OSEI Crystal Mic
£199 (plus cost of headphones)

From time to time, we see FLYER Forum chat about using the type of ANR headphones you’d typically find plugged into an iPod or a phone in a GA cockpit. These conversions have been popular with airline pilots, but I haven’t encountered anyone using a set in the GA community.

With several conversion kits on the market, we went online and picked up the cheapest one we could find, the Crystal Mic from OSEI. The company recommends Sennheiser HD 4.50 ANR headphones as a combination of best value and quality, and we picked up a pair from Amazon for £139.

Searching around, you can find unbranded units for £30, but OSEI told us that it’s tested some in this price bracket and found that the noise-cancelling tech was overwhelmed by loud GA cockpits.

Assembly was simply a case of plugging the various components together, and attaching the microphone boom to an earcup by sticking on a strong disk magnet, which is also a clever way of providing adjustment. Using a mirror, I figured the best position for
this before permanently fixing it.

Apart from charging the phones (ours promise a 19hr battery life with the ANR operating), it’s a case of plug in and use, just like a regular headset.

Osei mic kit
The Osei mic kit. Just add to your choice of ANR headset
Osei mic
The microphone boom is attached using strong magnets which simply stick on
Osei mic
The Osei mic attached to a Sennheiser over-the-ear ANR headset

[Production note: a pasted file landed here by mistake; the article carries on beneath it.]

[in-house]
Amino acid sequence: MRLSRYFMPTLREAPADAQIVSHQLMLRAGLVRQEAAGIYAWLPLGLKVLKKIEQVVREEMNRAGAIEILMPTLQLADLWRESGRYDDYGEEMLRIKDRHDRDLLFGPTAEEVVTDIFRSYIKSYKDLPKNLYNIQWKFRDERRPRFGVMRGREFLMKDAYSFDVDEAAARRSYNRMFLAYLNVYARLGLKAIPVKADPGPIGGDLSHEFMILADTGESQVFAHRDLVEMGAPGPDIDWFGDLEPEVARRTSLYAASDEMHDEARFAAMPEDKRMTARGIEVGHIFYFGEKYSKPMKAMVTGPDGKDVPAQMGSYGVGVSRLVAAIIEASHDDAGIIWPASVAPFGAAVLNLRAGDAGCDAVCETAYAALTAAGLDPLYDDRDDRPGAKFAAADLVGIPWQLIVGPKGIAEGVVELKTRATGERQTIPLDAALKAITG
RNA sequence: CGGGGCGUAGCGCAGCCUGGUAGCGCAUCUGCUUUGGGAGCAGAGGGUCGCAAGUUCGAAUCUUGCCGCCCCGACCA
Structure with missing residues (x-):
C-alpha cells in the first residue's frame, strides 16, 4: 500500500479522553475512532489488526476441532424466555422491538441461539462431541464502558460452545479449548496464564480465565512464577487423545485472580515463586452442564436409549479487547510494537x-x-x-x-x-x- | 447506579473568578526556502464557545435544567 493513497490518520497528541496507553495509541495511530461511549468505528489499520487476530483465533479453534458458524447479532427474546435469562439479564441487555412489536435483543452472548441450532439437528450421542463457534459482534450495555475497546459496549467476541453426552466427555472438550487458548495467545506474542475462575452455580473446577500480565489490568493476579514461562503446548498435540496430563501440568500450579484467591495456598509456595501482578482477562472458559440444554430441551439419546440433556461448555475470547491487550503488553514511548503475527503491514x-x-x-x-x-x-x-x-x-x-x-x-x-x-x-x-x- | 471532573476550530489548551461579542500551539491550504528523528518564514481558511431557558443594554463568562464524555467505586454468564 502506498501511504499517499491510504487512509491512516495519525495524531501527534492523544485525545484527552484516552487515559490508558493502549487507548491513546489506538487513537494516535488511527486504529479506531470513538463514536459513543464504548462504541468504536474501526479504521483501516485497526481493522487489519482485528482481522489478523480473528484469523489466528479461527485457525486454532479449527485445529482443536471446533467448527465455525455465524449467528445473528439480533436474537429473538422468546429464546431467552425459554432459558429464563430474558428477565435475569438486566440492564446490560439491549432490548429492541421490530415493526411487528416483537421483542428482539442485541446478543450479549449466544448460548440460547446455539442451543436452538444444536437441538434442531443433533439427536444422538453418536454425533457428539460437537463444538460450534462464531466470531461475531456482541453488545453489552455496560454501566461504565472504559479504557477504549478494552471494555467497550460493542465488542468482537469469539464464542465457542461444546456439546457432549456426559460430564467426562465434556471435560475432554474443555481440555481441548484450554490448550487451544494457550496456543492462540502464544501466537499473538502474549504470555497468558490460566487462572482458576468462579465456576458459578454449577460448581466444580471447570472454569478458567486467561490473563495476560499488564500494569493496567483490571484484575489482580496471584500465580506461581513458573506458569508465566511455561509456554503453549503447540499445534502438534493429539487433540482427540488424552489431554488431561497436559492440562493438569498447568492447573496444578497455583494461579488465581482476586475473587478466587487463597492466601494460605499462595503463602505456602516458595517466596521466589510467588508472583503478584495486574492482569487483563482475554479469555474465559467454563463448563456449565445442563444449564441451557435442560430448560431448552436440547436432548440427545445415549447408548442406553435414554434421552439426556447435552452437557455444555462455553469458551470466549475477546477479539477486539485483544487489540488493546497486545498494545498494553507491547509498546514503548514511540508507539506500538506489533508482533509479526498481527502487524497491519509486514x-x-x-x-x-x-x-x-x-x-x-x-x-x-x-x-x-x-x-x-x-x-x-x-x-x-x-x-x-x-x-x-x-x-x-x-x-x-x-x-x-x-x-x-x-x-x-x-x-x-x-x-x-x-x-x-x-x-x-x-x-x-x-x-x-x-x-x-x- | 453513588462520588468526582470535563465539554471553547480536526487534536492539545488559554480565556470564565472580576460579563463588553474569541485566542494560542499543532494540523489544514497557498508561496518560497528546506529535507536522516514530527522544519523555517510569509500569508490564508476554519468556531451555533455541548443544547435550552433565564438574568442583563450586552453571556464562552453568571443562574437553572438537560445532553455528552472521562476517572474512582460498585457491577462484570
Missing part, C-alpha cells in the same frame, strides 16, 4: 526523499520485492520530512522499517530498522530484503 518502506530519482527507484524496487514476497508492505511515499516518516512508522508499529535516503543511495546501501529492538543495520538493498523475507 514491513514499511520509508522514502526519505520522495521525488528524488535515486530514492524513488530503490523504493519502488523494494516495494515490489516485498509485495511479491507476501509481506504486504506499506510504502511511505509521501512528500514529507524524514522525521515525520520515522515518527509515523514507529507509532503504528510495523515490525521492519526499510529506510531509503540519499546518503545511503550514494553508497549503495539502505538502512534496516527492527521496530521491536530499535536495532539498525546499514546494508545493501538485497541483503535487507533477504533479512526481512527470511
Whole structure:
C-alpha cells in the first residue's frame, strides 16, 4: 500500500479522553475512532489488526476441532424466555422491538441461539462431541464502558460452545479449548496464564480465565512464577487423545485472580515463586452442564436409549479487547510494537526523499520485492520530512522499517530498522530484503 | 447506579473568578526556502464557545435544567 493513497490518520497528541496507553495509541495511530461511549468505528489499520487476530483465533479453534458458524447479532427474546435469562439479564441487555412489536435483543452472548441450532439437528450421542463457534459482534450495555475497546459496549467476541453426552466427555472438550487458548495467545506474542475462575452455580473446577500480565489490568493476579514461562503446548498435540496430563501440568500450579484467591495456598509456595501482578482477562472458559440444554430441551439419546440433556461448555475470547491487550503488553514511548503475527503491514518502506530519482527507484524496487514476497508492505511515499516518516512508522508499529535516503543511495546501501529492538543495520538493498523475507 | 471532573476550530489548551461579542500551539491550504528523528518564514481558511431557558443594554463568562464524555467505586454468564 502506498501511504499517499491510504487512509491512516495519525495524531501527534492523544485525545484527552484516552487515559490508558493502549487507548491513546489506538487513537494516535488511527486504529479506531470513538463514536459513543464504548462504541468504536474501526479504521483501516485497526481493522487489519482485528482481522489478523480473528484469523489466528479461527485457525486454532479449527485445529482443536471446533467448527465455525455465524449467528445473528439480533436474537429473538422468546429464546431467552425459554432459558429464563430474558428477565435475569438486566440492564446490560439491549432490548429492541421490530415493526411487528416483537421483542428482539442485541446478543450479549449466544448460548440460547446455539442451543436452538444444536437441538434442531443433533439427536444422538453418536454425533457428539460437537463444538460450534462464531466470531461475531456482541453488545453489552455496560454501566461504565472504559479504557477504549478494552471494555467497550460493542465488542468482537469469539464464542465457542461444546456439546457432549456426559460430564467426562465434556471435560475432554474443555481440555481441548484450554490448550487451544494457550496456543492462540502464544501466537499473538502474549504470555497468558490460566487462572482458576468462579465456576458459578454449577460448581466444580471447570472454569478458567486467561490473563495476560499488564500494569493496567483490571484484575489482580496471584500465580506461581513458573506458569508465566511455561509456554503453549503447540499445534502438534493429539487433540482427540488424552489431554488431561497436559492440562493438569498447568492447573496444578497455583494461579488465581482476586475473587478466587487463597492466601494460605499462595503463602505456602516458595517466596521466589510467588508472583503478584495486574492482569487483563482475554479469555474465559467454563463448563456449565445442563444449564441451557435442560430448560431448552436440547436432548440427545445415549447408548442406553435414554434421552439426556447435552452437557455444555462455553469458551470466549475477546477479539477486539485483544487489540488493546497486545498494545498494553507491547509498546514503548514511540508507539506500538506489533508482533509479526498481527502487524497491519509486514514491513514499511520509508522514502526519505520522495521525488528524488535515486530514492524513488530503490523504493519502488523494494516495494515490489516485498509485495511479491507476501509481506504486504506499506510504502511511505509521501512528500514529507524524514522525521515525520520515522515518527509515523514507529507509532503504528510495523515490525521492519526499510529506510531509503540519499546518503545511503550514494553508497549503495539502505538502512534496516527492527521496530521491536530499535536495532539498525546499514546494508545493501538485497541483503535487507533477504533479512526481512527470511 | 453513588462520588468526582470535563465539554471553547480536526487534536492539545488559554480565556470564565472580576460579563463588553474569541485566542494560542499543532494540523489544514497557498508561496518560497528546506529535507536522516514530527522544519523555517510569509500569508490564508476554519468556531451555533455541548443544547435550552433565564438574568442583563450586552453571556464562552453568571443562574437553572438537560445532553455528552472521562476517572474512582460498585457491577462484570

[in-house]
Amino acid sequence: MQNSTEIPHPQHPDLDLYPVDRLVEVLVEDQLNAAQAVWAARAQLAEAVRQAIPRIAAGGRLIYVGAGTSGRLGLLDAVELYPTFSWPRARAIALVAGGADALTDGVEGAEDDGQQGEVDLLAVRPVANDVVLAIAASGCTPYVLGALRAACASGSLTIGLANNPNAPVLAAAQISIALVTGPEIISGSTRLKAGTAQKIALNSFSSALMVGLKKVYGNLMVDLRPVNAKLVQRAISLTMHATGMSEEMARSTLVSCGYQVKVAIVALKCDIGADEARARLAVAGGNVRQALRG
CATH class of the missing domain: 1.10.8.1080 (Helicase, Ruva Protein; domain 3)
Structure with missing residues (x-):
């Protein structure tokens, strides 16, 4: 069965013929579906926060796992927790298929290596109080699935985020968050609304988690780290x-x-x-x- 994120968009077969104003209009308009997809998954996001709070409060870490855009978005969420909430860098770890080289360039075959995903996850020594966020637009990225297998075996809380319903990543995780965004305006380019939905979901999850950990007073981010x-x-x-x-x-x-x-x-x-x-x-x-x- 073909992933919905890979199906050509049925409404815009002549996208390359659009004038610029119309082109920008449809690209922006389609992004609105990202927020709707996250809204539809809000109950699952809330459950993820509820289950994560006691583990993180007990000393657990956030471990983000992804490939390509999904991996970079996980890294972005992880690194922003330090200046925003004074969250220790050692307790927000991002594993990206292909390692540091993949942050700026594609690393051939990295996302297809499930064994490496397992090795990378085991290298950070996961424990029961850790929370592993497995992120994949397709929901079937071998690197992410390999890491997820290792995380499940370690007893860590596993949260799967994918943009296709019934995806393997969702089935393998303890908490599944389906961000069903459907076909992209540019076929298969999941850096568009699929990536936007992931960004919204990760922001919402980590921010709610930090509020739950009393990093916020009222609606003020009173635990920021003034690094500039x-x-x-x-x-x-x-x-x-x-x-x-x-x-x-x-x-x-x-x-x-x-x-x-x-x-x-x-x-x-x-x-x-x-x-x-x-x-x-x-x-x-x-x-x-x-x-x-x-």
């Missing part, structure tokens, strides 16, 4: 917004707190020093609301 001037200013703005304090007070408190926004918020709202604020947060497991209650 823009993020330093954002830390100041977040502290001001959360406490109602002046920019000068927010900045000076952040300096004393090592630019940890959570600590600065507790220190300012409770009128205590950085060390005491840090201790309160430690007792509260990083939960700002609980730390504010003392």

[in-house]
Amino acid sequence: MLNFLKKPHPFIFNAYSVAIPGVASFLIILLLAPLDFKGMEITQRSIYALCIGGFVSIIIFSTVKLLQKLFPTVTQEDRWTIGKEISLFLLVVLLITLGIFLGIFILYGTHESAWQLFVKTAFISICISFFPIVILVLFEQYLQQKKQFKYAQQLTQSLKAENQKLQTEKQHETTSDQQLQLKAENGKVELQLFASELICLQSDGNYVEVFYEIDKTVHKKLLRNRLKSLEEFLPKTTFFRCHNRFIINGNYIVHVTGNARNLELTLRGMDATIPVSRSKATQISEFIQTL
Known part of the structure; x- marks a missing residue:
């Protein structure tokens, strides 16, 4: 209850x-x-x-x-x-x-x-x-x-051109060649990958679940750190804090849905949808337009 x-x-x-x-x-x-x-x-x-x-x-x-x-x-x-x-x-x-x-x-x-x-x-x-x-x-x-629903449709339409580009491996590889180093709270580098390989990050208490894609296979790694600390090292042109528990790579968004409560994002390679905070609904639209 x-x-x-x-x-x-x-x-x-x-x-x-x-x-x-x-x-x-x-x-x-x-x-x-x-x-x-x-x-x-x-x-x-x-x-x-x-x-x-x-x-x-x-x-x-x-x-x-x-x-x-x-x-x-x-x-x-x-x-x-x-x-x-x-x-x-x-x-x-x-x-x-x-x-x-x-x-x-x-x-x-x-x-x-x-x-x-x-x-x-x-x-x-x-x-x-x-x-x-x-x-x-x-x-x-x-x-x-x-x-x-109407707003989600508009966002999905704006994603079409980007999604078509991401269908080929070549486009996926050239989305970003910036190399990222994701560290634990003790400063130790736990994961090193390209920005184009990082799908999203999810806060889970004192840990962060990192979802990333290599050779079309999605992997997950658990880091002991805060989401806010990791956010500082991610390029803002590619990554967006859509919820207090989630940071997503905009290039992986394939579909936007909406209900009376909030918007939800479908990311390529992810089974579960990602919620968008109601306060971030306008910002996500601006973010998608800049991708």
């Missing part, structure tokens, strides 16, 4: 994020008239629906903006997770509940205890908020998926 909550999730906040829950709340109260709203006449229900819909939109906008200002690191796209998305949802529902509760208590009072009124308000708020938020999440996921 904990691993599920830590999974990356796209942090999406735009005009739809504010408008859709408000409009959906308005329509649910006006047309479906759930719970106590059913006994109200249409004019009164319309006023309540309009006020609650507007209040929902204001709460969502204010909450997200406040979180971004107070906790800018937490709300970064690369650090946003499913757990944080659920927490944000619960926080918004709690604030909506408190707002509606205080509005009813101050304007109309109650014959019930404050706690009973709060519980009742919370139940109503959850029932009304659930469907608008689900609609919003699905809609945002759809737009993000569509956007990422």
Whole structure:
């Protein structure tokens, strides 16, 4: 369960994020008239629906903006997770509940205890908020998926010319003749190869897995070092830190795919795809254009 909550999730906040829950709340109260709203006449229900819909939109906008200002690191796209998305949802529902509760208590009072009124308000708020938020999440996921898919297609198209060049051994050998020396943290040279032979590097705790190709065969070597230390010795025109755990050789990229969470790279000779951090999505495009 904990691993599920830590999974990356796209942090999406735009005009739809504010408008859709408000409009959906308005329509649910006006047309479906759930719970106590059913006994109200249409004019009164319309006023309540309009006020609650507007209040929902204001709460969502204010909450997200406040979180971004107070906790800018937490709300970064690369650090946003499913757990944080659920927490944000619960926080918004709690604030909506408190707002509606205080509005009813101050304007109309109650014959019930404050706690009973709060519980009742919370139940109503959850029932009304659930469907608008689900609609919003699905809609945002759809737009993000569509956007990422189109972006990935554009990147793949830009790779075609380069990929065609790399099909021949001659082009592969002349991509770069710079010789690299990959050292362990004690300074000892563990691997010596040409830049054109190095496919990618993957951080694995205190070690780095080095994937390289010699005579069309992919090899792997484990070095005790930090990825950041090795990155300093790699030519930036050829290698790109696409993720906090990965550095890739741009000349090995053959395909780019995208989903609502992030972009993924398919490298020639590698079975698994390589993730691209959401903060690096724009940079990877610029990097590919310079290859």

Osei mic
Go flying! This is a good way to repurpose consumer headphones if you already own a pair. We wonder how robust the set-up would prove in the long-term as, unlike a dedicated aviation headset, it wasn’t specifically designed for use in an aircraft

The Sennheisers just about fitted over my ears and did a good job of passively sealing out noise. I don’t think my ears are any bigger than the ICAO standard, but it may be that aviation headsets are more generously-sized. Over-ear is definitely preferable to on-ear, otherwise I can imagine problems with ambient noise leakage.

The Sennheisers were comfy, but the narrow headband felt like it might be a source of pain on longer flights.

With the ANR turned on, the headphones were effective at reducing the in-flight noise level. However, the microphone was prone to rotating on its own a little too much for my liking – OSEI told me there’s a hexagonal magnet in the works to fix this – but gave clear audio, and as long as I had the volume turned up most of the way, comms were easy to hear.

This set-up is definitely a bargain way to get low-cost ANR, particularly if you already have over-the-ear consumer headphones which you use for an iPod or phone, and there’s no question, it can work for GA.

They won’t be for everyone though, and I know some pilots for whom magnetic booms and plug-together connections may not be robust enough in the long term. That said, OSEI offers a five-year warranty, which covers the replacement of up to three units.

Leave a Reply

Your email address will not be published. Required fields are marked *